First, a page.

My favourite shot in this movie is when the vampires are launching a full scale attack on the town. People are running, screaming, fighting, and dieing. Gun shots can be heard. The camera provides a bird-eye view over the town and you can see people scrambling, vampires feasting on still bodies, and red blood splattered on white snow. I would not blame someone who had just tuned in for thinking that they had switched on a zombie movie rather than one about vampires. I simply love it. You are not going to find one of these vamps playing "vegetarian", pretending to be a high schooler, and taking teenage girls on dates.

    The vampires also have their own guttural language which they speak. I hear that in the graphic novel they speak English, but giving them their own language seemed to add to the sense of how ancient they are and further removing them from humanity. When they did speak in English I loved how cruel they would be, toying with their victims.

    The group of survivors is made up of an interesting mix of people, even including a senile elderly man. Their differences make trouble and at times cause tension as they tuck themselves away in their claustrophobic hiding place. Eban's asthma and dependence on an inhaler is also an interesting physical weakness.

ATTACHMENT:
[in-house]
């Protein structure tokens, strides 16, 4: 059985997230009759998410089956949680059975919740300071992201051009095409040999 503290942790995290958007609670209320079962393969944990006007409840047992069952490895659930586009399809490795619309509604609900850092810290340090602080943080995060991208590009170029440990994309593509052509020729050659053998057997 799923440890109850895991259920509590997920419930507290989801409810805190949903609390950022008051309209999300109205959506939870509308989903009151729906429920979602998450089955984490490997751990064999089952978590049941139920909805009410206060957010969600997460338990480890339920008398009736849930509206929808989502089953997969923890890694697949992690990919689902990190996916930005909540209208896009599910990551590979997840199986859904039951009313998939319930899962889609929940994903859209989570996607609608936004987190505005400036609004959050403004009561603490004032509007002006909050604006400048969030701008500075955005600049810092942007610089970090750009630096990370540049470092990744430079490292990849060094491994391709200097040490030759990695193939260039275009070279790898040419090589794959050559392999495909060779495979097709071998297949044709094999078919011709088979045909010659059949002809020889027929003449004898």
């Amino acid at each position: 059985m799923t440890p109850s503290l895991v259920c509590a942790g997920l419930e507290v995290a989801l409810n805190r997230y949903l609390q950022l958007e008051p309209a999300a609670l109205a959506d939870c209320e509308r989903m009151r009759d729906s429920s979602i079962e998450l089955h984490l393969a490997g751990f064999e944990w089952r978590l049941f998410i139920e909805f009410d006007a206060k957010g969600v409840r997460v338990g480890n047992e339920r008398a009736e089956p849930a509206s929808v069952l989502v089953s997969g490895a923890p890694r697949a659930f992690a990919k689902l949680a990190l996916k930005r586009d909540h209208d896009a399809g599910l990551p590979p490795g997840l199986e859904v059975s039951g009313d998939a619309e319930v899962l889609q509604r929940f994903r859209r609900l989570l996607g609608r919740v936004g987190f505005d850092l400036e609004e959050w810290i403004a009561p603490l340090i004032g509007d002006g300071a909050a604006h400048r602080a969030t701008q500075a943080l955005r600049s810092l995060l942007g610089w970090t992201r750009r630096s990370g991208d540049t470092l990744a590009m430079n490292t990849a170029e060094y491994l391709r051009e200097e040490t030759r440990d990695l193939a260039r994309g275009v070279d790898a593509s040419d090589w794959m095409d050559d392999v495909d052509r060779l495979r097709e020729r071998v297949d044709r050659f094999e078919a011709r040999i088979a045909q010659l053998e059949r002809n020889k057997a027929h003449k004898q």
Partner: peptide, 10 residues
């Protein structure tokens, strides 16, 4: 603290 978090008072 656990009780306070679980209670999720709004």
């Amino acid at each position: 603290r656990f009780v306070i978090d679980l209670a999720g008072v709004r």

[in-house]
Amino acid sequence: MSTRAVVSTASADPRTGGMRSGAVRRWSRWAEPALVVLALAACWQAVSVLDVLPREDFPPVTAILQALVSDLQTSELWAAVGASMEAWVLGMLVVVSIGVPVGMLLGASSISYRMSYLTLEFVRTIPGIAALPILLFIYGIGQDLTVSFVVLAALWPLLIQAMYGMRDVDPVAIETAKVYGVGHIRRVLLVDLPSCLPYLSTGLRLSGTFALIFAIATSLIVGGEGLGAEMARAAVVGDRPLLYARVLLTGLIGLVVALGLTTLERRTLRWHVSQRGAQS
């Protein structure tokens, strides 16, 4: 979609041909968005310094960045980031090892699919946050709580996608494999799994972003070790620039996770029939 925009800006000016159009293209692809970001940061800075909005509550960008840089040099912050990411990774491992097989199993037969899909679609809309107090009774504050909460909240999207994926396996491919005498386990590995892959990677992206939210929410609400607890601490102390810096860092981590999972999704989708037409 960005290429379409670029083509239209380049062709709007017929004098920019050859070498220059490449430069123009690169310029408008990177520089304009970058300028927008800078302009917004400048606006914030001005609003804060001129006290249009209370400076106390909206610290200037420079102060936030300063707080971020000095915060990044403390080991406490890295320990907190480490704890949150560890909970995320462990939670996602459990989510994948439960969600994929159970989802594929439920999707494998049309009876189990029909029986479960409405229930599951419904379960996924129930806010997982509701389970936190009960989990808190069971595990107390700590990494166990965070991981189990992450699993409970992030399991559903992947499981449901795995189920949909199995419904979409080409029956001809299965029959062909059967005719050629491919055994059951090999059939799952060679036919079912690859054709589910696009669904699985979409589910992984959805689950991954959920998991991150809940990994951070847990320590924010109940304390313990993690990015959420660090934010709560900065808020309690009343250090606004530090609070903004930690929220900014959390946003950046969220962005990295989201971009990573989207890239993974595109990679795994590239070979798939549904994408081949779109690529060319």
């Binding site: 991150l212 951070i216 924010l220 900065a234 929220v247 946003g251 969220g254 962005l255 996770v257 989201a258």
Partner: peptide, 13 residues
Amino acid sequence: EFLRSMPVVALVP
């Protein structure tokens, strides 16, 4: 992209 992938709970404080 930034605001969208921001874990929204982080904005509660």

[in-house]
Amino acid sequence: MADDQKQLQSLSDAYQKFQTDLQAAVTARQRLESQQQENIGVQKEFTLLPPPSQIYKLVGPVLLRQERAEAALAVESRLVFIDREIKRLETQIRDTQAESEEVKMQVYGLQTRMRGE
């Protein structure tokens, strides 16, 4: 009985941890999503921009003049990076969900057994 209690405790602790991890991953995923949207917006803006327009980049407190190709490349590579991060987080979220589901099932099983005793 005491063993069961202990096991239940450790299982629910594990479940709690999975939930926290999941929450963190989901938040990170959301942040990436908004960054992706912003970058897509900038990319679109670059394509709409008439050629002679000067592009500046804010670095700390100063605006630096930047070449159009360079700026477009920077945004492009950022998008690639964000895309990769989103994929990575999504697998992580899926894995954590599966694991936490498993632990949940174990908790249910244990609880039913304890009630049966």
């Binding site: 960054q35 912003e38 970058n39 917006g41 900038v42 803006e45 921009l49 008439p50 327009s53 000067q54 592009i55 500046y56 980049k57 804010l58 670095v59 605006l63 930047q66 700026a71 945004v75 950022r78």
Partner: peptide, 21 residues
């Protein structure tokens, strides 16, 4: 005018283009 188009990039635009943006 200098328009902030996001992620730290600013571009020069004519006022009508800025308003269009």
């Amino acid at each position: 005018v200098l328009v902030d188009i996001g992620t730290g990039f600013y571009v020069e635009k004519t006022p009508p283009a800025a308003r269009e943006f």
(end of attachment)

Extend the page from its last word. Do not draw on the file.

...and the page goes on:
IMDb has some interesting tidbits in the movies FAQ section. For example, Barrow is a real place in Alaska and the buildings there really are built on raised platforms. The prolonged nightfall does not occur exactly as it is shown in the movie, however:
    Technically, there is a 67-day period during the winter where the sun never quite makes it over the horizon and an 85-day period in the summer where the sun never quite sets. However, it is NOTHING like what was shown in the movie. In the movie, the entire sun was shown above the horizon; then it set one day and light wasn't seen again for 30 days.